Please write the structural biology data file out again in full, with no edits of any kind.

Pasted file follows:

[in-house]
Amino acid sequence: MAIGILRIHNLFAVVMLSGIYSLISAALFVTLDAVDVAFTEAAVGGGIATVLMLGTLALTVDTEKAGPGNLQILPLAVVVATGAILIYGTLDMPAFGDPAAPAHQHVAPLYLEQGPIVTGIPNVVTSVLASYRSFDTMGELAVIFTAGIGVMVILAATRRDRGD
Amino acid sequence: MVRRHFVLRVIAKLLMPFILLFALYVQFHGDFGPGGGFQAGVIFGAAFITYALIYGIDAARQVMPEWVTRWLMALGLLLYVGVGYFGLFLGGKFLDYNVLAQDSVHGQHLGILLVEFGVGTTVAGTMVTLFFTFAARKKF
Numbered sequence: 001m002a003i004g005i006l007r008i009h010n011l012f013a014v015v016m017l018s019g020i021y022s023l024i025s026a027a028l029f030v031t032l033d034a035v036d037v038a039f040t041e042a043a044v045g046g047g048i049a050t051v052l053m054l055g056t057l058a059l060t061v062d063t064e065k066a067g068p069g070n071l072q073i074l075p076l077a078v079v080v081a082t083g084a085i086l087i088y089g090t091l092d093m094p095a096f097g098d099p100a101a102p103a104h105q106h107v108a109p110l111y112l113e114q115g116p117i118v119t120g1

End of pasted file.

[in-house]
Amino acid sequence: MAIGILRIHNLFAVVMLSGIYSLISAALFVTLDAVDVAFTEAAVGGGIATVLMLGTLALTVDTEKAGPGNLQILPLAVVVATGAILIYGTLDMPAFGDPAAPAHQHVAPLYLEQGPIVTGIPNVVTSVLASYRSFDTMGELAVIFTAGIGVMVILAATRRDRGD
Amino acid sequence: MVRRHFVLRVIAKLLMPFILLFALYVQFHGDFGPGGGFQAGVIFGAAFITYALIYGIDAARQVMPEWVTRWLMALGLLLYVGVGYFGLFLGGKFLDYNVLAQDSVHGQHLGILLVEFGVGTTVAGTMVTLFFTFAARKKF
Numbered sequence: 001m002a003i004g005i006l007r008i009h010n011l012f013a014v015v016m017l018s019g020i021y022s023l024i025s026a027a028l029f030v031t032l033d034a035v036d037v038a039f040t041e042a043a044v045g046g047g048i049a050t051v052l053m054l055g056t057l058a059l060t061v062d063t064e065k066a067g068p069g070n071l072q073i074l075p076l077a078v079v080v081a082t083g084a085i086l087i088y089g090t091l092d093m094p095a096f097g098d099p100a101a102p103a104h105q106h107v108a109p110l111y112l113e114q115g116p117i118v119t120g1